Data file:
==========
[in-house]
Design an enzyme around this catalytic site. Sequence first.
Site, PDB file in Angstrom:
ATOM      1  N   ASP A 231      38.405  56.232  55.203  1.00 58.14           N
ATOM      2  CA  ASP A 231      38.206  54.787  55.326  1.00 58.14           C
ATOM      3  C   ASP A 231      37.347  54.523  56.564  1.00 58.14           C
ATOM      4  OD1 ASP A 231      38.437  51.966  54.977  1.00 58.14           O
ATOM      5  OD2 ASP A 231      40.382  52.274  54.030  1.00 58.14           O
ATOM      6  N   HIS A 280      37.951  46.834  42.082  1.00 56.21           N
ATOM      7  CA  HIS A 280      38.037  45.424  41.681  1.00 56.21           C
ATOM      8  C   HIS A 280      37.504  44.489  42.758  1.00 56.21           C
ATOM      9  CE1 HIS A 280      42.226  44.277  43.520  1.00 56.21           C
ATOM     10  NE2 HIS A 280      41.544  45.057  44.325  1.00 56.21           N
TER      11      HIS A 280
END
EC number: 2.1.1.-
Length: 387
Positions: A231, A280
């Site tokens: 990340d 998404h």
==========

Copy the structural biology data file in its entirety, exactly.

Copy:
[in-house]
Design an enzyme around this catalytic site. Sequence first.
Site, PDB file in Angstrom:
ATOM      1  N   ASP A 231      38.405  56.232  55.203  1.00 58.14           N
ATOM      2  CA  ASP A 231      38.206  54.787  55.326  1.00 58.14           C
ATOM      3  C   ASP A 231      37.347  54.523  56.564  1.00 58.14           C
ATOM      4  OD1 ASP A 231      38.437  51.966  54.977  1.00 58.14           O
ATOM      5  OD2 ASP A 231      40.382  52.274  54.030  1.00 58.14           O
ATOM      6  N   HIS A 280      37.951  46.834  42.082  1.00 56.21           N
ATOM      7  CA  HIS A 280      38.037  45.424  41.681  1.00 56.21           C
ATOM      8  C   HIS A 280      37.504  44.489  42.758  1.00 56.21           C
ATOM      9  CE1 HIS A 280      42.226  44.277  43.520  1.00 56.21           C
ATOM     10  NE2 HIS A 280      41.544  45.057  44.325  1.00 56.21           N
TER      11      HIS A 280
END
EC number: 2.1.1.-
Length: 387
Positions: A231, A280
């Site tokens: 990340d 998404h």